Review by C.J. Bunce
The latest of the in-universe Star Trek biography books takes fans of the franchise back to Star Trek Voyager in The Autobiography of Kathryn Janeway. The captain made famous by Kate Mulgrew takes readers through key life events that led to her role as one of Starfleet’s greatest leaders, and she provides her recollections on seven years in the Delta Quadrant. For fans looking for a trip through memory lane and the key encounters of the crew on Star Trek Voyager, all in that calming and authoritative voice, they will find it here.
The voice of Janeway is actually provided by frequent Star Trek novelist Una McCormack. I’m a fan of Janeway and count Star Trek Voyager as the ultimate realization of Gene Roddenberry’s vision of a future led by adventurers and scientists seeking out new life and strange new worlds, which might make me a bit more critical of the voice of Janeway, especially when so many spin-off books get lead franchise heroes wrong. McCormack provides a believable Janeway storyteller, easy to hear in your mind in Mulgrew’s voice.
The autobiography is split exactly in half by a photo montage (some clever Photoshops and mocked-up might-have-been images) from Janeway’s past–the first half primarily new content, new backstory of what kind of woman would become one of Starfleet’s greatest captains and admirals. The second-half is more familiar territory: the life of Janeway once she embarks on the good ship Voyager, the seven year voyage 70,000 lights years away in the Delta quadrant, and beyond.
Janeway’s early years borrow as much as possible from Janeway’s backstory, but there wasn’t a lot of material–she wasn’t all that open with her crew, understandable for a ship’s captain. So the first half of the book is for readers looking to be inspired by a life that could be swapped for any successful woman. McCormack includes typical life trials, particularly in a busy career, attention to finding a life-work balance (that Janeway never did all that well), and valuing family and relationships that helped her grow (including a familiar groundskeeper named Boothby, who seems to have been the key to all successes at Starfleet).
Obligatory brief asides to the weirder side of the Voyager series highlight what worked on the series and what makes for the stuff of the cringe episodes every series seems to experience from time to time: self-questioning her decision to split Tuvix and experiences with Q. Better handled are reflections on her regret not detecting the murderer Lon Suder’s issues earlier, and whether she could have brought Amelia Earhart aboard the ship and brought her back to the Alpha quadrant. Readers won’t find much about Janeway running off with Tom Paris and having offspring as a proto-lizard, but it turns out Janeway does have offspring previously unreported–that is the single bit of new information in this story. It’s the only point where Janeway recounts any substantive event after the two-part finale episode. This book doesn’t get to Janeway’s brief return as admiral in Star Trek: Nemesis, or for example, what Janeway was up to while Jean-Luc Picard was off finding Romulans.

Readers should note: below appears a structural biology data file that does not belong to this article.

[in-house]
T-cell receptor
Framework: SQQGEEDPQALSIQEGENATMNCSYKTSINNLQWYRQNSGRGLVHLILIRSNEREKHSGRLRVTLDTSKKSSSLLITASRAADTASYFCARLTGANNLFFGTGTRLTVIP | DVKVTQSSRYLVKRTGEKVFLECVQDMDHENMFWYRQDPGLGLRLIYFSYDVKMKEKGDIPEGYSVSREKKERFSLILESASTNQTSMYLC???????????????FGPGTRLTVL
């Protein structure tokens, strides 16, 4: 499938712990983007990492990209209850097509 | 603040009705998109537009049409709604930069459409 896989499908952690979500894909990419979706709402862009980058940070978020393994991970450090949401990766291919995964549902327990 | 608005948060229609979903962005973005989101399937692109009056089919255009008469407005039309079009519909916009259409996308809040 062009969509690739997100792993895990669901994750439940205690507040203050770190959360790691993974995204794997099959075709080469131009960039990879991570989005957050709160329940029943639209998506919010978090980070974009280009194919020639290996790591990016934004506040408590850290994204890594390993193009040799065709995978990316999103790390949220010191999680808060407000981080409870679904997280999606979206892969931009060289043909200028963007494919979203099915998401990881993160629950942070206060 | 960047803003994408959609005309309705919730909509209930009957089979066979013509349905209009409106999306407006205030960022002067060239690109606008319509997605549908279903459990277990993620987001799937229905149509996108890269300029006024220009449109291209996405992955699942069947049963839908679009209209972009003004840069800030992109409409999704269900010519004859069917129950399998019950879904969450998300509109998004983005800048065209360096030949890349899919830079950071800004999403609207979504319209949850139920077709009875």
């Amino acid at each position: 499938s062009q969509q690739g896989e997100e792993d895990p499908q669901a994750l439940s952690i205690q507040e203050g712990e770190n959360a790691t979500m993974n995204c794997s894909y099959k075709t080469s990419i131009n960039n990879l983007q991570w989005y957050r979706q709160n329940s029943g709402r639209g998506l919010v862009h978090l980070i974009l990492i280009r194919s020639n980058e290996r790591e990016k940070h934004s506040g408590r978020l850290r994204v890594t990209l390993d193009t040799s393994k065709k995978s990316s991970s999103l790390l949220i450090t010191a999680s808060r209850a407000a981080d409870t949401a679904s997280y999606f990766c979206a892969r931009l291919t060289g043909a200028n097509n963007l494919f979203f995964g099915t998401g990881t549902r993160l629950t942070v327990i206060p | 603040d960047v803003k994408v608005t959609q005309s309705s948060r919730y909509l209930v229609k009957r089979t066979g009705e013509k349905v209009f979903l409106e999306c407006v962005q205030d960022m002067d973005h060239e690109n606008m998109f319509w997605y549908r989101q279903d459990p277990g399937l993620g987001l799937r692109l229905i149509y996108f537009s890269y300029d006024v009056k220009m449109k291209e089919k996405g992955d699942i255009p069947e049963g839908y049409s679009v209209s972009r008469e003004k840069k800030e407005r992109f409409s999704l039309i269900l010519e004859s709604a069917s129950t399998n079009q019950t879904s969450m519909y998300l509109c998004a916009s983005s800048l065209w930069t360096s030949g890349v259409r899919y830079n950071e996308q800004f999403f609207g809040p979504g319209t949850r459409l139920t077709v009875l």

Believable memories include thoughts of her dog Mollie, gratefulness to Admiral Paris and Reginald Barclay, and observations on the growth of other crew members, Paris, Torres, Kes, Neelix, Chakotay, Tuvok, Seven of Nine, and Naomi Wildman, who provides a foreword for the book in her commander years. Janeway recounts visiting members of families killed on her big mission, including that of the Equinox, which was a nice touch. She also admits her pleasure, which was obvious in the series, with the use of the holodeck (especially with Leonardo) to distract the crew from their time far from home. Although McCormack includes more than enough recollections of Janeway’s fiancé Mark, we don’t get to see Janeway’s romantic stories–she had some genuine relationships with several men in seven years aboard Voyager, in real life and even via the holodeck, that could have told us some more about the character. Maybe she just doesn’t kiss and tell?
McCormack uses the parallel of Dorothy Gale blown away in a tornado but eventually finding a way home in The Wizard of Oz as a framework readers will find that the author revisits from time to time in telling Janeway’s story.